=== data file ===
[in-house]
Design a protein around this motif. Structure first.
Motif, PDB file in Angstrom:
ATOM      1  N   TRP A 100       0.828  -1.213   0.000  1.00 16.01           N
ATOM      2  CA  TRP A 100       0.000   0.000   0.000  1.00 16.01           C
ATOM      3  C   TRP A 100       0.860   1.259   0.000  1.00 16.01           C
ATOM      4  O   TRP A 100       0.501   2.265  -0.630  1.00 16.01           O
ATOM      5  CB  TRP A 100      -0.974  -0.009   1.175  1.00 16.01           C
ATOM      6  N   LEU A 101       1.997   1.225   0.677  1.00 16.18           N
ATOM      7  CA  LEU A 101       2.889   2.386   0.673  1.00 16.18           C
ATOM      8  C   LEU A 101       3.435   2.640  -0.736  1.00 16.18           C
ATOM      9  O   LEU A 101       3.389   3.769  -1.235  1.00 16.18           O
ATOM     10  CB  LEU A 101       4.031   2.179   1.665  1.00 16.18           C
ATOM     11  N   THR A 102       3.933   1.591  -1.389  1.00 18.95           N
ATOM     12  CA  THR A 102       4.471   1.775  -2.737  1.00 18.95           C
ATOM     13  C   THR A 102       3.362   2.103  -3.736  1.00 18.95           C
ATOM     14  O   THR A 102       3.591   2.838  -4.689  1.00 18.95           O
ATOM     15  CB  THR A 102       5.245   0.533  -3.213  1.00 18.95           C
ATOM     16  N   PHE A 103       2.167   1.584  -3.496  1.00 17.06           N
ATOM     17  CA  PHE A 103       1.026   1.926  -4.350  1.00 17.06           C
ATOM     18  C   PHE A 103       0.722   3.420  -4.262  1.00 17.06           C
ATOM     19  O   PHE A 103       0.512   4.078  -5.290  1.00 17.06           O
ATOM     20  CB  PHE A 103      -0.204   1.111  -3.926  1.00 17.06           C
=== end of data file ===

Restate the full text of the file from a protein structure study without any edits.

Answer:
[in-house]
Design a protein around this motif. Structure first.
Motif, PDB file in Angstrom:
ATOM      1  N   TRP A 100       0.828  -1.213   0.000  1.00 16.01           N
ATOM      2  CA  TRP A 100       0.000   0.000   0.000  1.00 16.01           C
ATOM      3  C   TRP A 100       0.860   1.259   0.000  1.00 16.01           C
ATOM      4  O   TRP A 100       0.501   2.265  -0.630  1.00 16.01           O
ATOM      5  CB  TRP A 100      -0.974  -0.009   1.175  1.00 16.01           C
ATOM      6  N   LEU A 101       1.997   1.225   0.677  1.00 16.18           N
ATOM      7  CA  LEU A 101       2.889   2.386   0.673  1.00 16.18           C
ATOM      8  C   LEU A 101       3.435   2.640  -0.736  1.00 16.18           C
ATOM      9  O   LEU A 101       3.389   3.769  -1.235  1.00 16.18           O
ATOM     10  CB  LEU A 101       4.031   2.179   1.665  1.00 16.18           C
ATOM     11  N   THR A 102       3.933   1.591  -1.389  1.00 18.95           N
ATOM     12  CA  THR A 102       4.471   1.775  -2.737  1.00 18.95           C
ATOM     13  C   THR A 102       3.362   2.103  -3.736  1.00 18.95           C
ATOM     14  O   THR A 102       3.591   2.838  -4.689  1.00 18.95           O
ATOM     15  CB  THR A 102       5.245   0.533  -3.213  1.00 18.95           C
ATOM     16  N   PHE A 103       2.167   1.584  -3.496  1.00 17.06           N
ATOM     17  CA  PHE A 103       1.026   1.926  -4.350  1.00 17.06           C
ATOM     18  C   PHE A 103       0.722   3.420  -4.262  1.00 17.06           C
ATOM     19  O   PHE A 103       0.512   4.078  -5.290  1.00 17.06           O
ATOM     20  CB  PHE A 103      -0.204   1.111  -3.926  1.00 17.06           C